Concordia University Chicago in River Forest recently launched two new colleges in a reorganization it says will match students’ interests and propel their careers forward.
Over the last few months, the university broke up the College of Arts and Sciences and College of Graduate Studies and Innovative Programs to build a pair of new colleges to provide students and faculty a more succinct educational experience, said Erik Ankerberg, provost and chief academic advisor at Concordia.
The newly formed colleges – the College of Health, Science and Technology and the College of Theology, Arts and Humanities – would either replace or absorb the degree programs from the old colleges. Other programs may shift to the private university’s College of Business and College of Education.
The concept of creating the new colleges was part of Concordia’s larger restructuring plan, said Ankerberg. Reorganizing the 157-year-old university’s academic programs pushed Ankerberg and his colleagues to look closely at what Concordia could provide their students – and if what they were providing them was the “best.”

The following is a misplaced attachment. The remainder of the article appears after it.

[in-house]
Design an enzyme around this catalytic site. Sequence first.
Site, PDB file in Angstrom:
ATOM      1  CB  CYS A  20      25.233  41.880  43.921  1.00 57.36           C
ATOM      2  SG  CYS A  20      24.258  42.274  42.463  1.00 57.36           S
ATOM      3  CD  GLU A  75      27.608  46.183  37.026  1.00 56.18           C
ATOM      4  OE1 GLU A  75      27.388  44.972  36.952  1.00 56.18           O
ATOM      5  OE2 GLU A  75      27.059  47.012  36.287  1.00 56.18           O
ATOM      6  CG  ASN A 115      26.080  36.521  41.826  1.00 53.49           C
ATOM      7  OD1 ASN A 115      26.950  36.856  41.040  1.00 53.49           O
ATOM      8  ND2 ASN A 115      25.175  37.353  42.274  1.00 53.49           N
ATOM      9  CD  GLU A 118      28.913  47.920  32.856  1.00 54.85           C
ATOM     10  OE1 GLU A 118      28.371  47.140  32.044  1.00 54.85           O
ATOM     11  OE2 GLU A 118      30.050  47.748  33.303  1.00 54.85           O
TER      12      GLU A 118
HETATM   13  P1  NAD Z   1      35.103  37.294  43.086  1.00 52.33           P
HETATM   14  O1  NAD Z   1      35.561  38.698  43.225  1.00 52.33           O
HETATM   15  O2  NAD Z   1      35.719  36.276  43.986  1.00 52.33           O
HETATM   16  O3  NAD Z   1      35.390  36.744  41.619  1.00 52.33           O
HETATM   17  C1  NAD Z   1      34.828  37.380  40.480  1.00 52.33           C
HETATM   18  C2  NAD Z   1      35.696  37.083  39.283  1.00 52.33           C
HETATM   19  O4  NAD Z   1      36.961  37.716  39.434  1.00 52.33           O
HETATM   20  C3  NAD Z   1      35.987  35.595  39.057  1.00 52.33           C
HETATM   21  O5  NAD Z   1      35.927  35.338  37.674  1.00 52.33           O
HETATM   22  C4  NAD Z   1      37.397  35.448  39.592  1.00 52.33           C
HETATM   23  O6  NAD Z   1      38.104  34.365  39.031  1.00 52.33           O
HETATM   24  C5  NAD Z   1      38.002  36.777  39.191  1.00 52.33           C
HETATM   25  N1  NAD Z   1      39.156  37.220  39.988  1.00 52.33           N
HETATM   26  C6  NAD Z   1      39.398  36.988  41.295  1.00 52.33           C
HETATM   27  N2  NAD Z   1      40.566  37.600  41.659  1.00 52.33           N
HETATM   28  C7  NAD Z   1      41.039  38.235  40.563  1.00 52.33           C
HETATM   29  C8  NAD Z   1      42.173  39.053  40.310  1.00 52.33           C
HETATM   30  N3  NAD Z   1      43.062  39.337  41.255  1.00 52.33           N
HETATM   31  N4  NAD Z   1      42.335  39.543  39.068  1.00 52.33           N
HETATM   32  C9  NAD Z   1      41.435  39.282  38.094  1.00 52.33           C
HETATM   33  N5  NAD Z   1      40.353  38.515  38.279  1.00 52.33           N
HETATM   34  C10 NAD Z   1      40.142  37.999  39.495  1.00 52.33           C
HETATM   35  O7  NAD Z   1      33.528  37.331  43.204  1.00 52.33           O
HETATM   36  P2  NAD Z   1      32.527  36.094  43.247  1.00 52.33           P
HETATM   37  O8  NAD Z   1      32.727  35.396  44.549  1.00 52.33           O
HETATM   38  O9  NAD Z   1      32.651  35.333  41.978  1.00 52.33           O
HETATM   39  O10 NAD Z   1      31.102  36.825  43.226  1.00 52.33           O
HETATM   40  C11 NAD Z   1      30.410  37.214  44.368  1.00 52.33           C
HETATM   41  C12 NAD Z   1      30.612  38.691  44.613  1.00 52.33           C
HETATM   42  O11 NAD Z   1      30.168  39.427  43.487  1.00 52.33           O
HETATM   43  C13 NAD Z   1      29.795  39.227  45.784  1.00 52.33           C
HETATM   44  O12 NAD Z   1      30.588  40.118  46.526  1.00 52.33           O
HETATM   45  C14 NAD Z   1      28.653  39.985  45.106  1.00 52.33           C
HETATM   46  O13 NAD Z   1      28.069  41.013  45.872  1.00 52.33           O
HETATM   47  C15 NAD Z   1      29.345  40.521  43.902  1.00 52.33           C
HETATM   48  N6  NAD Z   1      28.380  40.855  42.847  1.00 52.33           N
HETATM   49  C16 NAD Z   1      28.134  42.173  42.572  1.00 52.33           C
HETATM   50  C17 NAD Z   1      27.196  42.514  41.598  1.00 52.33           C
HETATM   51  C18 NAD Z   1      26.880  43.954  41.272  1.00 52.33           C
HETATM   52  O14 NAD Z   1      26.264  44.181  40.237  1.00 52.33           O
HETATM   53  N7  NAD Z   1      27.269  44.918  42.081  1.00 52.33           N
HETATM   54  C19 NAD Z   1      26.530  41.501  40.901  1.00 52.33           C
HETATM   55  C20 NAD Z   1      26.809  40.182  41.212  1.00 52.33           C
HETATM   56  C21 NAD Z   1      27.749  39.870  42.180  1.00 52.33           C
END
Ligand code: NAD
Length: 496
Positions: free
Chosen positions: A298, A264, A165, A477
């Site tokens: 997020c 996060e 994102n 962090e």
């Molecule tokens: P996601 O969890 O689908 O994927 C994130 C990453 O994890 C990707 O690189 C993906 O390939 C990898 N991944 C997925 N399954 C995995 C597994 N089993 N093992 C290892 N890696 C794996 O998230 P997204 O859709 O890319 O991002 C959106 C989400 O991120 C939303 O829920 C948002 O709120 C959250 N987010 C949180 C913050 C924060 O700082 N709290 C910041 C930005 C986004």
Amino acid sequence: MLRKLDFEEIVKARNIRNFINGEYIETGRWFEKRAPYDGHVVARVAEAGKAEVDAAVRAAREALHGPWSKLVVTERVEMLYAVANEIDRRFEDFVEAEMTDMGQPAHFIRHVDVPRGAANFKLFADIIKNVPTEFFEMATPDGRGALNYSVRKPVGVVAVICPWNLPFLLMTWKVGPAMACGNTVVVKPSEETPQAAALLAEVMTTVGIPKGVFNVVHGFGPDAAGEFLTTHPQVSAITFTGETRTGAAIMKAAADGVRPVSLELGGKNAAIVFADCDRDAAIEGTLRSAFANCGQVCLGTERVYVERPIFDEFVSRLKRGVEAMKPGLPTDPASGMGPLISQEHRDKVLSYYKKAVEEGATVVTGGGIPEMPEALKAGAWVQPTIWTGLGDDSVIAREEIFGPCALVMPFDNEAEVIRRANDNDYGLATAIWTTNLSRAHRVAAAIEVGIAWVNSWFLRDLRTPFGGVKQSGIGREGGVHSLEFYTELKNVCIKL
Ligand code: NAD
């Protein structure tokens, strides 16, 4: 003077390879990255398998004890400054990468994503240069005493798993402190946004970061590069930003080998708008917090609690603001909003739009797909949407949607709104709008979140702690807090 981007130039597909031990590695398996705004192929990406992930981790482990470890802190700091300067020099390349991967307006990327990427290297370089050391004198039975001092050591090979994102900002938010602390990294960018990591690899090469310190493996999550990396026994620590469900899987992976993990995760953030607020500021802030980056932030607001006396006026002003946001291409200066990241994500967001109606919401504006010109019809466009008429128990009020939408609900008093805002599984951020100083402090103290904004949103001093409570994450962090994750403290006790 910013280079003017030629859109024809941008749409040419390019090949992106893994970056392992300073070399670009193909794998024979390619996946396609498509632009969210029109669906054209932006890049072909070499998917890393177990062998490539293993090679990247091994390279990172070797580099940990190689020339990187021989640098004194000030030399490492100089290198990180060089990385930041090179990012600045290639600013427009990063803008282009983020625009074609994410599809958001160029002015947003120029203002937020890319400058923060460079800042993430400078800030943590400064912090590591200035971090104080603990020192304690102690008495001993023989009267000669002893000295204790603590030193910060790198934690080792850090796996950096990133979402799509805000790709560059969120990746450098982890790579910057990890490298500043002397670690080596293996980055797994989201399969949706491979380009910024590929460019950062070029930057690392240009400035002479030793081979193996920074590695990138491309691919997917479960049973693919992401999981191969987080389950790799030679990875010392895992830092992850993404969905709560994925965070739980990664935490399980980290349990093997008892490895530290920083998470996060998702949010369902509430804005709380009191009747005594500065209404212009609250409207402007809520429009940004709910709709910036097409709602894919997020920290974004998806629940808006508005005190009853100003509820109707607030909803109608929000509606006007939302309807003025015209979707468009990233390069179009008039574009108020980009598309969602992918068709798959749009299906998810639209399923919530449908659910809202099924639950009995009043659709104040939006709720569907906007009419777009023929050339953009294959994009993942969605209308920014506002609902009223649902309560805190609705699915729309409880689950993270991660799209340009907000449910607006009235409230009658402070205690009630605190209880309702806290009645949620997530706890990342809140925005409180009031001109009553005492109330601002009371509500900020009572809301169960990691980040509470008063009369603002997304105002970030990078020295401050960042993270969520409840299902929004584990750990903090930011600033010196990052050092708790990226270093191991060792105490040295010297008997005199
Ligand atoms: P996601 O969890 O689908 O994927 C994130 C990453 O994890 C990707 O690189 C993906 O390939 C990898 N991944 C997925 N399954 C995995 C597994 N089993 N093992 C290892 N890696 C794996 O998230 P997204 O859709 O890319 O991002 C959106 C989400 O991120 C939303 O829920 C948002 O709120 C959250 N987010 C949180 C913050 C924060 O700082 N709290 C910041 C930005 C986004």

Officials wanted students to receive a “a meaningful and transformative education” and prepare them to join the job market after graduation, he said. The move to set up the College of Health, Science and Technology, especially, was meant to diversify and strengthen the university’s programs, ultimately making it more competitive against other institutions.
Ankerberg said Concordia knew its science programs needed improvement, and the new colleges were a step in the right direction. The College of Health, Science and Technology is expected to offer a four-year nursing degree program and possibly a master’s degree program, Ankerberg said. There are also plans to offer programs for occupational therapy and engineering science.
As for the College of Theology, Arts and Humanities, programs listed there will focus more on religion, philosophy and general education programs.
“We’re an institution that understands it needs to be growing, and changing, and [doing] dynamic work to serve students really well and to help them be prepared for a variety of careers,” Ankerberg said.